Tech

Microsoft Soars in Cloud and Office, But Surface and Xbox Hardware Hit Hard in Q3

Microsoft’s latest financial results were a mixed bag. While the software giant saw strong growth in its core businesses like Office and cloud services, its hardware divisions – Surface and Xbox – continued to struggle.

Highlights:

  • Overall revenue grew 17% year-over-year to $61.9 billion.
  • Net income jumped 20% to $21.9 billion.
  • Office revenue surged 23%, driven by both commercial and consumer segments.
  • Microsoft Cloud revenue also rose 23%.

Cloud and Office Shine

Microsoft’s cloud business, Microsoft Azure, continues to be a major growth driver. Revenue from Office 365 subscriptions also saw healthy gains.

This strong performance demonstrates the ongoing demand for Microsoft’s productivity tools across businesses and consumers.

Surface Slumps

However, the news wasn’t so good for Microsoft’s hardware divisions. Surface device revenue dropped a significant 17% for the third quarter in a row.

This decline comes despite recent product launches and a shift in hardware strategy.

Microsoft is hoping to reverse this trend with the upcoming launch of “AI PCs” powered by Qualcomm’s latest chips, which will be unveiled at a special event on May 20th.

Xbox Struggles

The Xbox division also faced challenges. While Xbox content and services revenue, including Xbox Game Pass, grew 62%, this increase was largely driven by the recent acquisition of Activision Blizzard.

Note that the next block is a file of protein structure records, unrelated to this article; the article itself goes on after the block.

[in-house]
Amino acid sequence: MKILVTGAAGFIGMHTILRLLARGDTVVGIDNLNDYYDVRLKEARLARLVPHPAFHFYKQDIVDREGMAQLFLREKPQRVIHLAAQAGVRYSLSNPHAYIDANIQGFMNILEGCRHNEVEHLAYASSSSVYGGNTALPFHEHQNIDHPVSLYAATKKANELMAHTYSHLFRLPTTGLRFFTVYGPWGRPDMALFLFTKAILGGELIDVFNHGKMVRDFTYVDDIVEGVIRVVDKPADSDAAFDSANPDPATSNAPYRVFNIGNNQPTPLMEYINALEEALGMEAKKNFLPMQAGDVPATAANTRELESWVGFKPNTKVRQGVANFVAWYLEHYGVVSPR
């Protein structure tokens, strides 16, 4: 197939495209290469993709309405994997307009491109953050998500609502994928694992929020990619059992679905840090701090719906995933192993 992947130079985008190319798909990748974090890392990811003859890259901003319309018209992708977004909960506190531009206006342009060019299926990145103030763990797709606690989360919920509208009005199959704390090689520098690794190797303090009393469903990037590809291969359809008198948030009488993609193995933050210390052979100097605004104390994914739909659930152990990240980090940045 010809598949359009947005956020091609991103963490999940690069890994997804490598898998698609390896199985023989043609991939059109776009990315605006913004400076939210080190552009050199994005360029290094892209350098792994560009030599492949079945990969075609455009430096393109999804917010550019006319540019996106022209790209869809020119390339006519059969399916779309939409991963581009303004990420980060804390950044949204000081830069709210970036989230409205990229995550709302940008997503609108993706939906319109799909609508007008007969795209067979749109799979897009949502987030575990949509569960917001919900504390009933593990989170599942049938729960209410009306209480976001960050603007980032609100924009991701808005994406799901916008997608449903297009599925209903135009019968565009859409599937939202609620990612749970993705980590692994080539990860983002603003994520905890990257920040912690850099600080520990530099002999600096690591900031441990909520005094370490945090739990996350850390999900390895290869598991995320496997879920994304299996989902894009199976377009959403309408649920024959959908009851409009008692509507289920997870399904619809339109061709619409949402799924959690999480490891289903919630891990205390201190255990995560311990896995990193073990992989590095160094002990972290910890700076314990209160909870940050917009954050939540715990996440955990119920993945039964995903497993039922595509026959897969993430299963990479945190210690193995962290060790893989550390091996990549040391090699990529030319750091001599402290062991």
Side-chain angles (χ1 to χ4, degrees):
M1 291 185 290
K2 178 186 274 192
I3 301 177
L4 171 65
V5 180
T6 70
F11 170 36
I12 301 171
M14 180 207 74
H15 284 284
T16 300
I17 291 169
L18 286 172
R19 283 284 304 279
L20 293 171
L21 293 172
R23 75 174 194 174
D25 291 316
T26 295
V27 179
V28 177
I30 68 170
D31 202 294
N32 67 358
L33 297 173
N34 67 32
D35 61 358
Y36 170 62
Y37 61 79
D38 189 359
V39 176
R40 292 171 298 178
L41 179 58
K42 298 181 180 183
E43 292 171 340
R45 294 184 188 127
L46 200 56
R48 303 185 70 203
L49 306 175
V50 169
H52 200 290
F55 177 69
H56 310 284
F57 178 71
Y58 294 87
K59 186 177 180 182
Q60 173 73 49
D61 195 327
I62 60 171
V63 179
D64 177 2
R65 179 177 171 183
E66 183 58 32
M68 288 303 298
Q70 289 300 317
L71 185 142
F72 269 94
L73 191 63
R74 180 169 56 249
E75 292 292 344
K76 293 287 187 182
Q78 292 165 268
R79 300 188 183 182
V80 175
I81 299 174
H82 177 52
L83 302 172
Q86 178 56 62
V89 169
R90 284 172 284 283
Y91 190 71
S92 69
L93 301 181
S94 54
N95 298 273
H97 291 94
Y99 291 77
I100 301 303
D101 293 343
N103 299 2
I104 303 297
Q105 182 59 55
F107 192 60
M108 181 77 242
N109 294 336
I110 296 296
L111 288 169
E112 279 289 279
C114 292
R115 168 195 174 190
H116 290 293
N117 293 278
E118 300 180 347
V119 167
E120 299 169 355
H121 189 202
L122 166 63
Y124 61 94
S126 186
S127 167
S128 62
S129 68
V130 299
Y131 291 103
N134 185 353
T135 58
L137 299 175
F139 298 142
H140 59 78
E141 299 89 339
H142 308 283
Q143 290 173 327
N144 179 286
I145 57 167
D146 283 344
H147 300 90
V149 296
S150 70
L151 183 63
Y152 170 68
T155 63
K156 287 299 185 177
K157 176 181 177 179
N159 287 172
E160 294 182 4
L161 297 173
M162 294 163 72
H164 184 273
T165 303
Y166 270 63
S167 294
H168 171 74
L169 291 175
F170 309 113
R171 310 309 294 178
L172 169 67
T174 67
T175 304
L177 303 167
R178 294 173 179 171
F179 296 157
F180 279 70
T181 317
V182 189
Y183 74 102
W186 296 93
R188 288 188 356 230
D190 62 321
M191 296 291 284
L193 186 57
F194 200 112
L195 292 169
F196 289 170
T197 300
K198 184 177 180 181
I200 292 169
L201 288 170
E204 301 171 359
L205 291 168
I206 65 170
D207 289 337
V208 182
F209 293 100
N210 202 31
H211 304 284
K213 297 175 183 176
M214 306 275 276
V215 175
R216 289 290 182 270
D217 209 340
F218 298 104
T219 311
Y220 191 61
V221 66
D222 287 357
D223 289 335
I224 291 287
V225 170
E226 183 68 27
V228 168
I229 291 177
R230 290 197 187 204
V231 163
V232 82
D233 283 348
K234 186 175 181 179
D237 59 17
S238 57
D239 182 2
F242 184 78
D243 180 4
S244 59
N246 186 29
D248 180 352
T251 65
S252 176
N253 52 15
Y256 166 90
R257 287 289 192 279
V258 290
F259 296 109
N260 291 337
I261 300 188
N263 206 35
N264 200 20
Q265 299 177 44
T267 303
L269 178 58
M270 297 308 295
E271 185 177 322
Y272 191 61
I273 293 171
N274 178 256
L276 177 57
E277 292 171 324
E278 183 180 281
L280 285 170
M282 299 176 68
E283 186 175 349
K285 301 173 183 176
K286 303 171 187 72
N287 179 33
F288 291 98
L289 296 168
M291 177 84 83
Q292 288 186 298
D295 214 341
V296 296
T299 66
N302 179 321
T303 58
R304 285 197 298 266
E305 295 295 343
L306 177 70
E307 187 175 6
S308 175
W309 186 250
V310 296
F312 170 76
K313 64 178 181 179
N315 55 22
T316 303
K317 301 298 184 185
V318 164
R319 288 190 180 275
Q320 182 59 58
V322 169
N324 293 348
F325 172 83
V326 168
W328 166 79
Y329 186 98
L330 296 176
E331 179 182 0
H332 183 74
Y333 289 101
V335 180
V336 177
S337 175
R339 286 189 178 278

Xbox hardware sales, on the other hand, suffered a steep 31% decline following a weak holiday season.

Microsoft is attempting to expand its reach by making some popular Xbox titles available on rival platforms like PlayStation and Nintendo Switch.

Activision Blizzard Impact

The acquisition of Activision Blizzard is having a significant impact on Microsoft’s gaming business.

The newly acquired division contributed substantially to overall gaming revenue growth, but it also incurred integration and operating costs, resulting in an overall loss for Activision Blizzard in Q3.

Looking Ahead

Microsoft expects continued hardware struggles in Q4, with both Surface and Xbox hardware revenue projected to decline again.

Overall gaming revenue growth is still anticipated, but heavily reliant on Activision Blizzard’s contribution.

The focus remains on cloud and Office services, which continue to be Microsoft’s strongest performers.

Source: Theverge

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